• An independent review of the implementation of these recommendations be conducted in 12 months.

Pressure has been building on the Abbott Government both domestically and internationally in recent times over the mistreatment of asylum seekers.

In December, 2014, the United Nations Committee Against Torture released a report (below) critical of the Australian Government in relation to compliance with the Convention against Torture and Other Cruel, Inhuman or Degrading Treatment or Punishment, regarding refugees, in the following areas:

  • Non-refoulement
  • Mandatory immigration detention, including of children
  • Offshore processing of asylum claims
  • Identification of victims of torture among asylum seekers

The Executive Summary of the brief provided to the ICC by Wilkie and Barns states:

  • Tony Abbott and his Cabinet treat people who arrive by sea in search of Australia’s protection (‘asylum seekers’) as a specific class of person, engaging in a systematic attack on this class, intentionally carried out with full knowledge of the consequences and warranting ICC attention.
  • Tony Abbott and his Cabinet are responsible for the fact that people in this class are isolated for the purpose of mandatorily and arbitrarily detaining them, removing access to legal recourse, and placing them in conditions causing great suffering and serious injury to mental and physical health.
  • The scale and severity of this attack is of sufficient gravity to constitute a crime against humanity. There are several provisions in Article 7 of the Rome Statute, to which Australia has acceded, that are particularly relevant:
    – Article 7(1)(d) relating to the deportation and forced transfer of persons. This is applicable to the transportation of people (including children) against their will to foreign sovereign nations such as the Republic of Nauru and Papua New Guinea;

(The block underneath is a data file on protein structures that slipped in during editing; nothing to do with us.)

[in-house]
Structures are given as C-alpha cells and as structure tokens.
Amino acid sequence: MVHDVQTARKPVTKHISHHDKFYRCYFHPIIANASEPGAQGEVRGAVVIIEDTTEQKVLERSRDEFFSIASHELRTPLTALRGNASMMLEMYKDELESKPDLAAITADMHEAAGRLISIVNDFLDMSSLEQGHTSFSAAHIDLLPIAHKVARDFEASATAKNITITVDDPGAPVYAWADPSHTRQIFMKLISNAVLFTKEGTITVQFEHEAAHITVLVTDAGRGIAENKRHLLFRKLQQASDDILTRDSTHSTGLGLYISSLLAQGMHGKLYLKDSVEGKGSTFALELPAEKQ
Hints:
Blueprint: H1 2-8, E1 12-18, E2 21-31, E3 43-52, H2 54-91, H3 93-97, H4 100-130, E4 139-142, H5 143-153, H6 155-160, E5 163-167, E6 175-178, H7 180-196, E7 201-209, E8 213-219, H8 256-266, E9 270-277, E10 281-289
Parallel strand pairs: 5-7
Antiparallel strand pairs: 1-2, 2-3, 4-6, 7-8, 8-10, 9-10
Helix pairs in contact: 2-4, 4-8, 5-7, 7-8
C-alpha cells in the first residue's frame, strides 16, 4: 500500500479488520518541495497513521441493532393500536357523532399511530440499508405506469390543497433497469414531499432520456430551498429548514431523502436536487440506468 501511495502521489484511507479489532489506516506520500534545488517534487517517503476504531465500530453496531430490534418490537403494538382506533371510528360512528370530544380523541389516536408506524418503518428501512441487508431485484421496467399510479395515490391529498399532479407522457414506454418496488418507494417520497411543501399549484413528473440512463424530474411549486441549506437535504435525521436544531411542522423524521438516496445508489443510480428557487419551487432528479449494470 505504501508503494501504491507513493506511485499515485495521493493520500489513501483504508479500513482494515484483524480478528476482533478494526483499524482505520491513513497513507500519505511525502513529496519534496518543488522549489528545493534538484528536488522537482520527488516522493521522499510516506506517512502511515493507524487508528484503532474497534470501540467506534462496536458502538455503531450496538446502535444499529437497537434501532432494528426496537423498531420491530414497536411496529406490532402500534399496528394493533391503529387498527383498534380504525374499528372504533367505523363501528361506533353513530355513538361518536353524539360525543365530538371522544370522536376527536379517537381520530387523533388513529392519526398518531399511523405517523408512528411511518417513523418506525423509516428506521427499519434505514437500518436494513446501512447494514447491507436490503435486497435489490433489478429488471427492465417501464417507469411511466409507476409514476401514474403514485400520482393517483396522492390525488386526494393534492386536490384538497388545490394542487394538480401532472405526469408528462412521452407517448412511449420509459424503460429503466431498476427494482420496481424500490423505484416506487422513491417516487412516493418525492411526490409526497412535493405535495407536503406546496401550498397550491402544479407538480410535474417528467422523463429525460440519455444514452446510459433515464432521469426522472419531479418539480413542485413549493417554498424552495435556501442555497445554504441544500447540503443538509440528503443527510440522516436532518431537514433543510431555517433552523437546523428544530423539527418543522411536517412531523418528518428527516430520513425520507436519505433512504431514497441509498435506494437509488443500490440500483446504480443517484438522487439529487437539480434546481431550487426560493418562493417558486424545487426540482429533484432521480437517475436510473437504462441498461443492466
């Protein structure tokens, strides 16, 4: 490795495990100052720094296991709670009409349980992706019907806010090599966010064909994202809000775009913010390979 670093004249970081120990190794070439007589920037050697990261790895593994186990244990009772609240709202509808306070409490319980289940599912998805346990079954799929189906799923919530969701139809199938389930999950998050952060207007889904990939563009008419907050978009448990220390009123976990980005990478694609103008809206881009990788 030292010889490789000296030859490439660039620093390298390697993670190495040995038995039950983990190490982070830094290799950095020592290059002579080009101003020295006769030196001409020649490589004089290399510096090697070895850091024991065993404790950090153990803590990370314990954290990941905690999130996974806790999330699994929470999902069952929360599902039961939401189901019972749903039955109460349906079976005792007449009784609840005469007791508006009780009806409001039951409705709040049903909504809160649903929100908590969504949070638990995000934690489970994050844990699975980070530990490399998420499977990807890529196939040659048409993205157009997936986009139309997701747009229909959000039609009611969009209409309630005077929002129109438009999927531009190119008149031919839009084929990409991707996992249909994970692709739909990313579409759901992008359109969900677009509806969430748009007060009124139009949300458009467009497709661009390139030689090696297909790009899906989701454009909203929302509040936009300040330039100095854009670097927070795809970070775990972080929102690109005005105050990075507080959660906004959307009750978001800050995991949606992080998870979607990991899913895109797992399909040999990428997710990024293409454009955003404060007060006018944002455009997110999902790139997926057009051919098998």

– Article 7(1)(e) relating to imprisonment or other severe deprivation of physical liberty. This is applicable to the mandatory and indefinite detention of people in violation of international law including international treaties to which Australia is a party, despite the fact these people have not committed or even been accused of any crime at the time of detention;
    – Article 7(1)(k) relating to other intentional acts causing great suffering or serious injury. This is applicable to the conditions to which detainees are subjected, which have led to widespread sickness, mental health deterioration, self-harm and suicide attempts, and death.
  • The policies are in violation of fundamental principles of international law including, inter alia, those contained in the Refugee Convention, the International Covenant on Civil and Political Rights, the Convention against Torture and the Convention on the Rights of the Child. These are breaches in their own right, and also form a foundation for several contraventions of Article 7.
  • Tony Abbott and his Cabinet have knowledge of the effects of their actions through their close involvement in administering these policies. They are aware of the scale and severity of the harm, which has affected thousands of people and is continuing to affect thousands more. They know there is a direct causal link between their policies and the suffering experienced by these people.
  • Through numerous reports and findings, Tony Abbott and his Cabinet know that their policies breach international law. Relevant findings include the UN Committee against Torture’s Concluding observations of 26 November 2014, comments by the UN High Commissioner for Human Rights in an address to the Human Rights Council on 2 September 2014, reports prepared by myriad domestic human rights organisations, and individuals with first-hand knowledge of the treatment of asylum seekers.

View full coverage of developments in this story.

Wilkie Barns Brief for the ICC OTP